The debate surrounding the lifting of the eviction ban has generated grumbling from landlords that they are being demonised. Is there merit to their complaints?
Karl Marx had little sympathy for rentiers, which will hardly come as a surprise, but less well known is that key proponents of capitalism were pretty cutting about them too. Adam Smith observed that landlords “love to reap where they never sowed”, while John Maynard Keynes looked forward to the “euthanasia of the rentier”, which he believed would be achieved by low interest rates. To Keynes, making a living from controlling property or other assets was synonymous with “the cumulative oppressive power of the capitalist to exploit the scarcity-value of capital”.
In his 2020 book Rentier Capitalism, Brett Christophers says a “significant and striking” feature of orthodox economic thinking, as exemplified by Keynes, is that rentierism “is a marginal, residual or ephemeral phenomenon within capitalism”. But since Keynes died in 1946, the rentier class has continued to grow in wealth and international reach, buying up not just housing but all types of assets that the rest of us rely on – from communication networks to energy grids.
In his latest book, published this month, Our Lives in Their Portfolios: Why Asset Managers Own the World, Christophers takes up the global money trail, highlighting how investors have been quietly buying up critical infrastructure in Europe and beyond. At the heart of the book is the housing crisis, and there are several references to Ireland. There has been “barely a whimper” from certain governments such as the British and Swedish about growing asset-manager investment in housing, writes Christophers, while Ireland is mentioned along with Germany as a country where “moves to arrest the trend have ultimately come to little”.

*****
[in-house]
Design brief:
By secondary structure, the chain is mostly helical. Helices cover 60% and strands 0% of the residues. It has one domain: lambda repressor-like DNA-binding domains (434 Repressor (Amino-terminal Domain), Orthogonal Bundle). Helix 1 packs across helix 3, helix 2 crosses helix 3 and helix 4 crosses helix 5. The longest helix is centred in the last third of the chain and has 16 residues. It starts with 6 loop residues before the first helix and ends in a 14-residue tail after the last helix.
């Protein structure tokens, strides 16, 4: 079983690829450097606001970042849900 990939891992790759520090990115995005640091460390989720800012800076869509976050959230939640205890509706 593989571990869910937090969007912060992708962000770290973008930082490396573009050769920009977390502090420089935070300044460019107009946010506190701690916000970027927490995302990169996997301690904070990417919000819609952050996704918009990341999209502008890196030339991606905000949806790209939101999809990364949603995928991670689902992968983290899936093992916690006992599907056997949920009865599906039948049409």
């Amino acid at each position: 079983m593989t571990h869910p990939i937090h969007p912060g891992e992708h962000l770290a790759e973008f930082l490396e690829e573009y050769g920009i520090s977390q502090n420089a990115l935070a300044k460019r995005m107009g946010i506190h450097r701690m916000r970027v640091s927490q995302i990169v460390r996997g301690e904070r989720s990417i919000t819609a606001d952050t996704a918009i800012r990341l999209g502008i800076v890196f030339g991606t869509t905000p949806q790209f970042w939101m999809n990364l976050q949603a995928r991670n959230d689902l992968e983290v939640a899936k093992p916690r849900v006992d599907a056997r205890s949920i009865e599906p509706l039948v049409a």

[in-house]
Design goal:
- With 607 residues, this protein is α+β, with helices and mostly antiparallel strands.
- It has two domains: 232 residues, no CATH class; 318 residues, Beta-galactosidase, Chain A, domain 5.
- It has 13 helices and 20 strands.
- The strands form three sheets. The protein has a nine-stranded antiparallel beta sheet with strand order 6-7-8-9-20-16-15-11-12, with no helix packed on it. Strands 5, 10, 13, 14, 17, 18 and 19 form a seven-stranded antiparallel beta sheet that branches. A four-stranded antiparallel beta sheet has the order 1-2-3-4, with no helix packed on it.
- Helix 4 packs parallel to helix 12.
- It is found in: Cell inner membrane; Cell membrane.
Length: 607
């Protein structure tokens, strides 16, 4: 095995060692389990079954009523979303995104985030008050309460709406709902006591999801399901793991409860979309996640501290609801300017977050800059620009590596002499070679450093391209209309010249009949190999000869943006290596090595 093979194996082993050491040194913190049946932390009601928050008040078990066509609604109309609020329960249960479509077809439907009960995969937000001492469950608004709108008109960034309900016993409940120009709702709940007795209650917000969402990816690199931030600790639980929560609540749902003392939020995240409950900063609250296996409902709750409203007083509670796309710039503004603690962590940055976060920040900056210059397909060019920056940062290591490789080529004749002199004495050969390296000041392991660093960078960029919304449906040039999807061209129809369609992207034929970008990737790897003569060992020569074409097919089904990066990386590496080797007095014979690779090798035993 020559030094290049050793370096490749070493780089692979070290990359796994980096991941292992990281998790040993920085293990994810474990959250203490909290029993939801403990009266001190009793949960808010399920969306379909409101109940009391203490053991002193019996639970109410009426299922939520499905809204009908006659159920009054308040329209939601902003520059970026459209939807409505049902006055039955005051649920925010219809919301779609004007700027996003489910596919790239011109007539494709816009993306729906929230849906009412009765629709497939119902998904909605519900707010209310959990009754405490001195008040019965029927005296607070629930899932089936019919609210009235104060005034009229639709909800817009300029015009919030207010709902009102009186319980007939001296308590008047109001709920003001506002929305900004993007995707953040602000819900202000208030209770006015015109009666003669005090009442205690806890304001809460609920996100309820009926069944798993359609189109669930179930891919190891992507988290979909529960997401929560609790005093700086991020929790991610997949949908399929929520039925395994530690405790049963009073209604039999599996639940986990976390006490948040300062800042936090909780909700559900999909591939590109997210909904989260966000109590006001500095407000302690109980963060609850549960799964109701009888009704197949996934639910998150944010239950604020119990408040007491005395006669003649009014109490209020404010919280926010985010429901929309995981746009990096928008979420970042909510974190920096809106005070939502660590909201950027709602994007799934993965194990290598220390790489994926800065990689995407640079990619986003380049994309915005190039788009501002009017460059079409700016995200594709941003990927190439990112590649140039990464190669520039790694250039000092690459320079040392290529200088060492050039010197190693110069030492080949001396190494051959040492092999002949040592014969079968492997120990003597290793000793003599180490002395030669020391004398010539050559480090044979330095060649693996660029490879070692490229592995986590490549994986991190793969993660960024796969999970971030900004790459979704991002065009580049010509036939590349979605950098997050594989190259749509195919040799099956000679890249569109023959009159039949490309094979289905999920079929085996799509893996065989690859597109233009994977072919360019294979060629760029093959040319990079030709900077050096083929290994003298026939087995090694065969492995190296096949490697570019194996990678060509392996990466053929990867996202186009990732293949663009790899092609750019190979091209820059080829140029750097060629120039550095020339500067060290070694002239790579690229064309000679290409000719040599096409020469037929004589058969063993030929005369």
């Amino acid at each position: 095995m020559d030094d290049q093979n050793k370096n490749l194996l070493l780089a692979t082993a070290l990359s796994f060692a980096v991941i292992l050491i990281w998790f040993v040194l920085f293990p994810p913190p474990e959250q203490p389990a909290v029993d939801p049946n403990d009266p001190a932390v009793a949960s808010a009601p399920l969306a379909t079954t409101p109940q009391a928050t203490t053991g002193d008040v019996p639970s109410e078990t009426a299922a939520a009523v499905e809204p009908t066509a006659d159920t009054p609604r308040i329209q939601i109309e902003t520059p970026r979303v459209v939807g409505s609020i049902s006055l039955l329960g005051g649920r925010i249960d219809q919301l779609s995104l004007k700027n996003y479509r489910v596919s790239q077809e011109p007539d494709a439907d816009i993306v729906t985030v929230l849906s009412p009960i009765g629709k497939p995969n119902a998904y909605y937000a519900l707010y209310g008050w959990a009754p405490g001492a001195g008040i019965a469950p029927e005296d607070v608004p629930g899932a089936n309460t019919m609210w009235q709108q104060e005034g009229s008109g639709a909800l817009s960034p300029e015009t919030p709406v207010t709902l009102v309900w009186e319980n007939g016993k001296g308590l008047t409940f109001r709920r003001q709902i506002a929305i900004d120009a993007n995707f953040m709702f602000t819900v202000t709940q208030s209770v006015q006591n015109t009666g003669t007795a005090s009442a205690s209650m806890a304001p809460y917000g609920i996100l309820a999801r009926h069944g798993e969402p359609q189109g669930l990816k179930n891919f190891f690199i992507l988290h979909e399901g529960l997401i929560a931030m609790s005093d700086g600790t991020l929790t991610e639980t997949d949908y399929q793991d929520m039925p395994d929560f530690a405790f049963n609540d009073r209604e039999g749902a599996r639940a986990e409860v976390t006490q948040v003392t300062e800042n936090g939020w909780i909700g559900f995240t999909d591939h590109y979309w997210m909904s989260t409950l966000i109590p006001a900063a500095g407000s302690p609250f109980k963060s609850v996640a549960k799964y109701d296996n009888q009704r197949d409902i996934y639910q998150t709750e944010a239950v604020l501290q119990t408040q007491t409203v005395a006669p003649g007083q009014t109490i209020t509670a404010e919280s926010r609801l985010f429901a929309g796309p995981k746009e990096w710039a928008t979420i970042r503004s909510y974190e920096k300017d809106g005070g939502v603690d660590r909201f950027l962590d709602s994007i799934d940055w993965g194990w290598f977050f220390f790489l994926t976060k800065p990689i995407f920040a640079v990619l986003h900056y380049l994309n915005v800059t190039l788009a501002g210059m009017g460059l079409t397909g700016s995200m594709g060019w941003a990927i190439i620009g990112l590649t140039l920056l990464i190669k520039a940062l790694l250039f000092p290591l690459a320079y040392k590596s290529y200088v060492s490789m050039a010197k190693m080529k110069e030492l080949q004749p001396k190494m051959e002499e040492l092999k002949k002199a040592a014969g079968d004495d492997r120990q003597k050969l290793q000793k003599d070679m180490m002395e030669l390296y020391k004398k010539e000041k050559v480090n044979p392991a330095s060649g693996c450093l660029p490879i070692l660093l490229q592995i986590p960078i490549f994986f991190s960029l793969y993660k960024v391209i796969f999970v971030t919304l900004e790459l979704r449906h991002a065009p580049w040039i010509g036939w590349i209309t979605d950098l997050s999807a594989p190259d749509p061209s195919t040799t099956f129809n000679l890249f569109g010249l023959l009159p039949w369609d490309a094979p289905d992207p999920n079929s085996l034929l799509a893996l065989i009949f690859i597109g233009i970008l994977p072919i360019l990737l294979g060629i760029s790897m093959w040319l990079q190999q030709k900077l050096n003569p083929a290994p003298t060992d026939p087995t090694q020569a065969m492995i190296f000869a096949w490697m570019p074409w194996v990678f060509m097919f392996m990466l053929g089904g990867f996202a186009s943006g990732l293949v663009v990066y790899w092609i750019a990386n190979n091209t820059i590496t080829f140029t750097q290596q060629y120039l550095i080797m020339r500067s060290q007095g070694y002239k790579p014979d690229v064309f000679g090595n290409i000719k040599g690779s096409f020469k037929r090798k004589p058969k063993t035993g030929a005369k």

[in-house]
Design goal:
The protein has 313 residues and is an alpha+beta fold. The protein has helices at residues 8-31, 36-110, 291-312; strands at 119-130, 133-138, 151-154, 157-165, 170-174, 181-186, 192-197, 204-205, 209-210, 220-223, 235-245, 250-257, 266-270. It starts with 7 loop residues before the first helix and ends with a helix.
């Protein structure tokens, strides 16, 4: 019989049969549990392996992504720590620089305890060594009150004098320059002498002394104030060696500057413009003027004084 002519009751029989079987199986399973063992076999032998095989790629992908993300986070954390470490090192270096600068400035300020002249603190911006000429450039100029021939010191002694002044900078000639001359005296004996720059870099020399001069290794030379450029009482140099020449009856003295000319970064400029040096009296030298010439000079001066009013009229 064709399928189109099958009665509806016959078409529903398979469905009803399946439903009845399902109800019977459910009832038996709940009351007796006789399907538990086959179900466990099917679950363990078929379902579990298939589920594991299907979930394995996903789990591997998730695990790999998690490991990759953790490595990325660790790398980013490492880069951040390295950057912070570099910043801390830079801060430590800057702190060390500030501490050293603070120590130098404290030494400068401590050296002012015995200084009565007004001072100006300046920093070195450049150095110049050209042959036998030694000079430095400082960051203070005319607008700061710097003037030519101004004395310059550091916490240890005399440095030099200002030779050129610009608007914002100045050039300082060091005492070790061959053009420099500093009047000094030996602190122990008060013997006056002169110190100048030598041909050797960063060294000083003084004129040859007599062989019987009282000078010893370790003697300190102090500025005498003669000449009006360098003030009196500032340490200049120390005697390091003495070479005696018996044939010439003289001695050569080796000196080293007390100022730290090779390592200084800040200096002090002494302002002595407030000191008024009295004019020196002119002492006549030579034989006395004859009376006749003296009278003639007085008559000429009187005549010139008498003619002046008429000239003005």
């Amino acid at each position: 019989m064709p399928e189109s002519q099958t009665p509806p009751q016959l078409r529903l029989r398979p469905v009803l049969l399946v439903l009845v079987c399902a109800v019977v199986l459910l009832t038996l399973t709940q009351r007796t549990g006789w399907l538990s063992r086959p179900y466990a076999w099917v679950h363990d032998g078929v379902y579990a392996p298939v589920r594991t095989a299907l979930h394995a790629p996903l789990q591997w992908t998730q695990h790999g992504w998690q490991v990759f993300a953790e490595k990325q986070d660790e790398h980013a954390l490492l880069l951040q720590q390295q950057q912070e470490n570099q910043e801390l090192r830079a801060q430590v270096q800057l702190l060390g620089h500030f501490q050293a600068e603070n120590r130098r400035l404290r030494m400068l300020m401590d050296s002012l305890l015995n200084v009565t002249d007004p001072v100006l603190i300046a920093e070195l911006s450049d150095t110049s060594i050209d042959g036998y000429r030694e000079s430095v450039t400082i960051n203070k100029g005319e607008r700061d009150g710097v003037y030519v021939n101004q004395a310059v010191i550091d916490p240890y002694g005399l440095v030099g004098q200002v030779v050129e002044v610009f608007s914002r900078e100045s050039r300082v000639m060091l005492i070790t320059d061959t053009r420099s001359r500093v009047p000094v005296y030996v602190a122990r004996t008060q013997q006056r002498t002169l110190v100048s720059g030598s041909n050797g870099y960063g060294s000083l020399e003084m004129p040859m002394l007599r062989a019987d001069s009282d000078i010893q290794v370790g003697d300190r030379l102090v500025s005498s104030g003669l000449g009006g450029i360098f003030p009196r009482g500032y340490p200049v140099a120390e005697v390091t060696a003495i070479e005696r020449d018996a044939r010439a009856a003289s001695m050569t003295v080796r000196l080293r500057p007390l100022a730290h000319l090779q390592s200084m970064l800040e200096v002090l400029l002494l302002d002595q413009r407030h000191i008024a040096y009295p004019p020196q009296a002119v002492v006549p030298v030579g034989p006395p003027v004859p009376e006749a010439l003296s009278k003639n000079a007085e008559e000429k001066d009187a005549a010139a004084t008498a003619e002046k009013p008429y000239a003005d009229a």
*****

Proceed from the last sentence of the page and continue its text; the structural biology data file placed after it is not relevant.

Christophers, a professor at Uppsala University in Sweden, here talks further about the book and Ireland’s part in a wider economic phenomenon.
Is there anything wrong with being a rentier, or a landlord? Or is the problem more to do with the capture of the economy by this particular actor?
“The word ‘wrong’ is an interesting one, and that’s because the critique that is often levelled at actors of a rentier nature is often a moral critique that has a very strong normative dimension that absolutely sees something very wrong – to use that word – with being a rentier. The position I take is not a normative or moral one.
“Personally I don’t think there is anything necessarily wrong with being a rentier. The way I would prefer to see it is that there has been a kind of explosion of rentier-type activities as a rational response to an irrational set of incentives that have been put in place by generations of policymakers that make it very attractive and potentially very profitable to be a rentier.
“I would never criticise someone for wanting to secure personal long-term economic security through, say, owning a second property and being a rentier. I would much rather level critique at the policymakers who put in place the conditions which made that a rational, profitable activity ... I think that comes down to things like taxation policy, policies around property rights, policies around security of tenure.”
Do we need institutional investors in the housing market, as governments often claim?
“I can’t see any necessity for institutional investors in terms of attracting them to be owners of existing property … There is no argument there. I think where the argument is typically made is in terms of attracting investment for new-build property, and I think the argument of the Irish Government, and governments in other countries, including the UK, is that there is a need for new rental property and that institutional investors are needed because otherwise there will be a shortfall of capital to build that new property.
Private sector investors warning government about making changes that might scare away existing or new investment has been part of the playbook for as long as anyone can remember